SHAW AIR FORCE BASE - The Ninth Air (Air Forces Central) commander, Lt. Gen. Alexus Grynkewich, and AFCENT senior leaders welcomed Sumter County Council Chairman, James T. McCain Jr., to speak to airmen at Shaw Air Force Base and in multiple locations in the Middle East through a video teleconference Monday.
Since taking command in July, Grynkewich held this engagement in support of his first priority for the command: value everyone and their contributions. McCain's life story is one that shows how this kind of inclusion can positively impact a life.
His story is also one that demonstrates the negative impact exclusion can have on an individual and future generations through generational trauma.
Having been born and raised in Sumter, McCain offered airmen a unique perspective of the important role the base has had in pushing for inclusivity in Sumter.
"A lot of Sumter leaders focus on the economic impact that Shaw has had on Sumter, which is currently over $2.5 billion annually," McCain said. "However, I think the social impacts that Shaw has had on Sumter is just as important."
McCain went on to describe the racially segregated and racist environment he experienced growing up in Sumter in the early 1960s.
"I don't have a lot of high school memories. I've repressed most of them," he said. "But one I do remember is during a pep rally when the few Black students in my school would all sit together. The band would play 'Dixie,' and the white students would wave Confederate flags over us."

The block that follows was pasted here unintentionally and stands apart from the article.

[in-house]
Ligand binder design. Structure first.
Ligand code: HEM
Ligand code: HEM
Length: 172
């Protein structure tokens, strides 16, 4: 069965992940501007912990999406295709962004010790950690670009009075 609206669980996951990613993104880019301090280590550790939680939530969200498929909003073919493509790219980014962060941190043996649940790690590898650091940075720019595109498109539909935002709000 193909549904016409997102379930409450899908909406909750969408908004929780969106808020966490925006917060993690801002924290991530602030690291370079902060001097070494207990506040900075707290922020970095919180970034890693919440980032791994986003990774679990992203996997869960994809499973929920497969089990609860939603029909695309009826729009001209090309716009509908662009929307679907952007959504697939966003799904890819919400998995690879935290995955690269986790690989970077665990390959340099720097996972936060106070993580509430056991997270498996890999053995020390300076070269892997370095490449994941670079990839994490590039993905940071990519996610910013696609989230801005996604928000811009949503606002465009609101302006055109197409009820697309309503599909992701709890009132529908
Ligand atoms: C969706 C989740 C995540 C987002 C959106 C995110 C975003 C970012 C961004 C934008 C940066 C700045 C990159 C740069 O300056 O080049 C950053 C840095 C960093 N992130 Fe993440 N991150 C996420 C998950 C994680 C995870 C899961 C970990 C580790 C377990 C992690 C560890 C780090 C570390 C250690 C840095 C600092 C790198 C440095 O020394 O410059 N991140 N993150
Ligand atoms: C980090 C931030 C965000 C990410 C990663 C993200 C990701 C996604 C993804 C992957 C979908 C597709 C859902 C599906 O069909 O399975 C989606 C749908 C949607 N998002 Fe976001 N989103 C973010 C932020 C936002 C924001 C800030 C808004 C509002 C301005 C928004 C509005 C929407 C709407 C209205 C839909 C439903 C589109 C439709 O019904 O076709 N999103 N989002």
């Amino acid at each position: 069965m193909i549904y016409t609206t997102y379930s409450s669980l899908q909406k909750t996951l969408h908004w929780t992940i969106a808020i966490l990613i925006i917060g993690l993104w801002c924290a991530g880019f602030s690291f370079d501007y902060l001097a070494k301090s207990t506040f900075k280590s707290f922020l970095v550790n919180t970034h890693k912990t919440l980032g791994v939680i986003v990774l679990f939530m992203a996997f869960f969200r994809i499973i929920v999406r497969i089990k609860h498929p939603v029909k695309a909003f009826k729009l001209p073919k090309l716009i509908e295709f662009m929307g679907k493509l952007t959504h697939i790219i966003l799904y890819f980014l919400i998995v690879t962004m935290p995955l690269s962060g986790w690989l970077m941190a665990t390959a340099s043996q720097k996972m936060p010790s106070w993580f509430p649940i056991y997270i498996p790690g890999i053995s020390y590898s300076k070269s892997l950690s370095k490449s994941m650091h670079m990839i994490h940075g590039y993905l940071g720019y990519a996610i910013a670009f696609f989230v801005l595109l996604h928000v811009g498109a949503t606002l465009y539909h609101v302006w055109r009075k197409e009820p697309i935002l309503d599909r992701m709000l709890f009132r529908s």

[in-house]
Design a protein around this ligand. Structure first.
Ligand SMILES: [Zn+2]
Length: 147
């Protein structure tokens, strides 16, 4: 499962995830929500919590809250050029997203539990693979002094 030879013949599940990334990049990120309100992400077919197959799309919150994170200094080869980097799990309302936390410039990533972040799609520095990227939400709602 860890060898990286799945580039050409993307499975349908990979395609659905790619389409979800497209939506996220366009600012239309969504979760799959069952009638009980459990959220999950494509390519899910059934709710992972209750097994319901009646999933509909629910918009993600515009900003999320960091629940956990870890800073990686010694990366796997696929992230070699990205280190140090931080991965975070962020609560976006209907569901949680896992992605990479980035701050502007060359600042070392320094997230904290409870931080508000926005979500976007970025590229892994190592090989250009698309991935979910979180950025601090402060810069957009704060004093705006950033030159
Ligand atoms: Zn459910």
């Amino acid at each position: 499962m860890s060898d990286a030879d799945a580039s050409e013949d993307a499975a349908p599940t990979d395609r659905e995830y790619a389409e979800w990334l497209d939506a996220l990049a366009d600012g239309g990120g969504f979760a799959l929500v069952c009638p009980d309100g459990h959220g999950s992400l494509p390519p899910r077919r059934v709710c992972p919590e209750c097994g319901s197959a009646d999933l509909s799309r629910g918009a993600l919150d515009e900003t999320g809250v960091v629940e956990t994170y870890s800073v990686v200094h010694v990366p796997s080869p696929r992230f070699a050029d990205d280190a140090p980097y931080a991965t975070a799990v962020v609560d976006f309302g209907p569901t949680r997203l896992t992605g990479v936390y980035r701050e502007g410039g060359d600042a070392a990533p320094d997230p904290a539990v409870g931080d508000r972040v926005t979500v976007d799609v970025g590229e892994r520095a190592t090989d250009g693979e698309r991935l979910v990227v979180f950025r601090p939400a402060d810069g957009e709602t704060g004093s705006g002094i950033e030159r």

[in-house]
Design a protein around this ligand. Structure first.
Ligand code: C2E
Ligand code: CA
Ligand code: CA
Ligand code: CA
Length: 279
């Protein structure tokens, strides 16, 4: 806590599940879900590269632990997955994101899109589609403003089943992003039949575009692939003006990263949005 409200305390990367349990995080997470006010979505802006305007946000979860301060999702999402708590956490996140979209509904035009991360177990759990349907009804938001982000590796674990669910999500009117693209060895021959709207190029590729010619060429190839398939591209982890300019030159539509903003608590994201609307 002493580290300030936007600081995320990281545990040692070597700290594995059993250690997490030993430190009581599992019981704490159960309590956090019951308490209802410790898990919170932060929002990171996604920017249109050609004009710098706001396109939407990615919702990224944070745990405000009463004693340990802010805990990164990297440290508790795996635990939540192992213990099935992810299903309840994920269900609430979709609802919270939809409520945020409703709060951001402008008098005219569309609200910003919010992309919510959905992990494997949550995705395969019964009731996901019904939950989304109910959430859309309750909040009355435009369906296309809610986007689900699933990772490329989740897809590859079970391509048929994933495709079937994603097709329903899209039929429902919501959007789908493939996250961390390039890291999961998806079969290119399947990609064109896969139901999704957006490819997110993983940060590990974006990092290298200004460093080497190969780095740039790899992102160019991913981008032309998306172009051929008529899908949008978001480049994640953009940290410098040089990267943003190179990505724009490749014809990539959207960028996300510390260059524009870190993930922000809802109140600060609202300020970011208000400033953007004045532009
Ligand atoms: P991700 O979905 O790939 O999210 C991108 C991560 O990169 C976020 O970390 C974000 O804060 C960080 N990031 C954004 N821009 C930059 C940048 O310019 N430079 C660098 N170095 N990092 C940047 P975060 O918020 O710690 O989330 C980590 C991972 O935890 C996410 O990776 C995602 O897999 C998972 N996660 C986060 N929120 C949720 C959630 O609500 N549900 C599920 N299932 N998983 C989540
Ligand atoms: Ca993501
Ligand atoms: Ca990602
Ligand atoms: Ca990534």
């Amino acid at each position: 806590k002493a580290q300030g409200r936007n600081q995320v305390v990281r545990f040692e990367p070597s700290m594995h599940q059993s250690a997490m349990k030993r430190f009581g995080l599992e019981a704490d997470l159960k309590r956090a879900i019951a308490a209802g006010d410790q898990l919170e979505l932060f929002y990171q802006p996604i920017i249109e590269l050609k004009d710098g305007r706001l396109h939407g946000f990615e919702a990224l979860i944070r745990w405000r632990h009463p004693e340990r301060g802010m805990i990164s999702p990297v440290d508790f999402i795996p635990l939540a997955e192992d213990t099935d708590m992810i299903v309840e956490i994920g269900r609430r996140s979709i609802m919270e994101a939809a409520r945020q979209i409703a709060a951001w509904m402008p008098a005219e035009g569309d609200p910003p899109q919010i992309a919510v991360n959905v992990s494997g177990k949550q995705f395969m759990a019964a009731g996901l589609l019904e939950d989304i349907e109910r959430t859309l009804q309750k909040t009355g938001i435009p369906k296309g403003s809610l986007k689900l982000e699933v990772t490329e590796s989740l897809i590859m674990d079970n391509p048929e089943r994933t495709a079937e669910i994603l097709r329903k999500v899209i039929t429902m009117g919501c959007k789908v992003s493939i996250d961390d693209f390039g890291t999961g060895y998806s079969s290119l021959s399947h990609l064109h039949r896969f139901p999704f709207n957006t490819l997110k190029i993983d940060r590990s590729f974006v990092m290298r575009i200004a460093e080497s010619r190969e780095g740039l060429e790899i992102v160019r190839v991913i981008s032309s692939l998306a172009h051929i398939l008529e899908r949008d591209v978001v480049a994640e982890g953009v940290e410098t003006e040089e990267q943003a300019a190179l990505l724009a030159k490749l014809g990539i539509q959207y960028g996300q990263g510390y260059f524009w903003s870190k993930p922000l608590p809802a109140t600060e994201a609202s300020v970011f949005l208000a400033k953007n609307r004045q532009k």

However, while Sumter did not offer many positive experiences for McCain, he has many fond memories of "Shaw Field," as it used to be known.
"I couldn't go to the public swimming pools in Sumter, but I could swim at the pools on Shaw," he said. "I even became a lifeguard because of that access."
Beyond swimming pools, though, McCain also discussed how Sumter schools became integrated because of a court case filed by Shaw airmen in 1964 to block the assignment of students on Shaw to schools on the basis of race or color.
These trailblazing airmen won, and the schools in Sumter desegregated in 1965.
However, even that shift wasn't enough for McCain to want to stay in Sumter. He moved to Atlanta to attend Morehouse College and began a career with the United Postal System, traveling all over the world to computerize UPS operations.
He returned to Sumter to take care of his mother in 2009, but he returned to a town different than he remembered.
"In the 40 years since I had left, I now saw Sumter as an international town," he said. "Even if Shaw airmen are not here for long, we have people who had lived all over the world here in Sumter. That didn't happen when I was young, and having my own international view from working with UPS, it helped me to become a part of Sumter, too."
At the conclusion of McCain's story, Grynkewich offered his thanks to McCain and his perspective on where the U.S. military stands today on integrating minorities into the force.
"We as a U.S. military have made plenty of progress," Grynkewich said, "but there is plenty more to be made when it comes to race, gender, LGBTQ+ and in other areas. We can't rest on our laurels. We don't want to go back."
McCain closed by thanking the airmen for their service, meeting many of the airmen in the room and taking questions.
When asked by one attendee if he had any bitterness toward Sumter for its treatment of him, McCain shook his head in the negative, "Morehouse College and my daddy taught me to be bigger than that."
"Besides," he said, "why would I look to the past when the future is so bright?"
Author's note: On behalf of 9 AF (AFCENT), we would like to thank McCain for sharing his story with us.
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